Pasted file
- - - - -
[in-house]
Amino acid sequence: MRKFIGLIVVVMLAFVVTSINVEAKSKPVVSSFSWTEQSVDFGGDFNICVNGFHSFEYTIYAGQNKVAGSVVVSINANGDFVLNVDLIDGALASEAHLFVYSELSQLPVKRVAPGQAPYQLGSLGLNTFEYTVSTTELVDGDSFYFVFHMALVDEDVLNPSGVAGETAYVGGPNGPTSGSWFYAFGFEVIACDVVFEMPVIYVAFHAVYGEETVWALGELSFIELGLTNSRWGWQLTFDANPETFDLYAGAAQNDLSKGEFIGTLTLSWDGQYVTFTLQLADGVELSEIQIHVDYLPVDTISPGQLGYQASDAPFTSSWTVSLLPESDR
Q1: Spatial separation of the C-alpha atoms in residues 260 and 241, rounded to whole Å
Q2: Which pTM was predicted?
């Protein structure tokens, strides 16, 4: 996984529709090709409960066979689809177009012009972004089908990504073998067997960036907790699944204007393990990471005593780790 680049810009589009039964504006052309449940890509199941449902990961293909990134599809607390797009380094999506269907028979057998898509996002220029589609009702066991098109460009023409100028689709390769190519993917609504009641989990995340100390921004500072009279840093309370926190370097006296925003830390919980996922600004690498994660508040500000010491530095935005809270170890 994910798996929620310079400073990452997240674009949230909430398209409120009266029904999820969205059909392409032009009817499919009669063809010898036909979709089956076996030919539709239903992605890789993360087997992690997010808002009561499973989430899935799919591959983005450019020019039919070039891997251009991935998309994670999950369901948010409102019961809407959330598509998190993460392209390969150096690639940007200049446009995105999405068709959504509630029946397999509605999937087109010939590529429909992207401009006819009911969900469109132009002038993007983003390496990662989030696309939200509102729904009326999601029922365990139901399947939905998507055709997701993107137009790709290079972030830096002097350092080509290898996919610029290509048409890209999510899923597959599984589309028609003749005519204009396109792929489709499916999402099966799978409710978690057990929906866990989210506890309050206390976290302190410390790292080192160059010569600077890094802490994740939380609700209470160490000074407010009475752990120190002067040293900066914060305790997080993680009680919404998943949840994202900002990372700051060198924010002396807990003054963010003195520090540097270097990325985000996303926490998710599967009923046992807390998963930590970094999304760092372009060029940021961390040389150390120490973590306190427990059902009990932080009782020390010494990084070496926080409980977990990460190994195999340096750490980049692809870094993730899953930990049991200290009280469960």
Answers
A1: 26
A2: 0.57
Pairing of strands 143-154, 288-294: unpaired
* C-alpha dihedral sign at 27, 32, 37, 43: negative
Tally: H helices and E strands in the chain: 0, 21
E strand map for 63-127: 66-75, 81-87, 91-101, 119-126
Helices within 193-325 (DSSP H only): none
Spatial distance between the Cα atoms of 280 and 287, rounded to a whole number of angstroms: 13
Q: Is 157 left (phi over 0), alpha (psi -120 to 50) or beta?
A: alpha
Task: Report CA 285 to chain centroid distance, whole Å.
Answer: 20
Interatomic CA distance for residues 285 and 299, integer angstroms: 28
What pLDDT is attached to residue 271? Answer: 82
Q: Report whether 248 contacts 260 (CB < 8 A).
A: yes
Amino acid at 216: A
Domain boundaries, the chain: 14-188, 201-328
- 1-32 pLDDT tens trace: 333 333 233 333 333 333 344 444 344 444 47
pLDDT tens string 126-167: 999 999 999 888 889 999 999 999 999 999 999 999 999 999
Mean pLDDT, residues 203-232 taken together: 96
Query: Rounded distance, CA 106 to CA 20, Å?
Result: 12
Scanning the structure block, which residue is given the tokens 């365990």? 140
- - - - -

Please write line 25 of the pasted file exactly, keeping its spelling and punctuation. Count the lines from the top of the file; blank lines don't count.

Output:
- 1-32 pLDDT tens trace: 333 333 233 333 333 333 344 444 344 444 47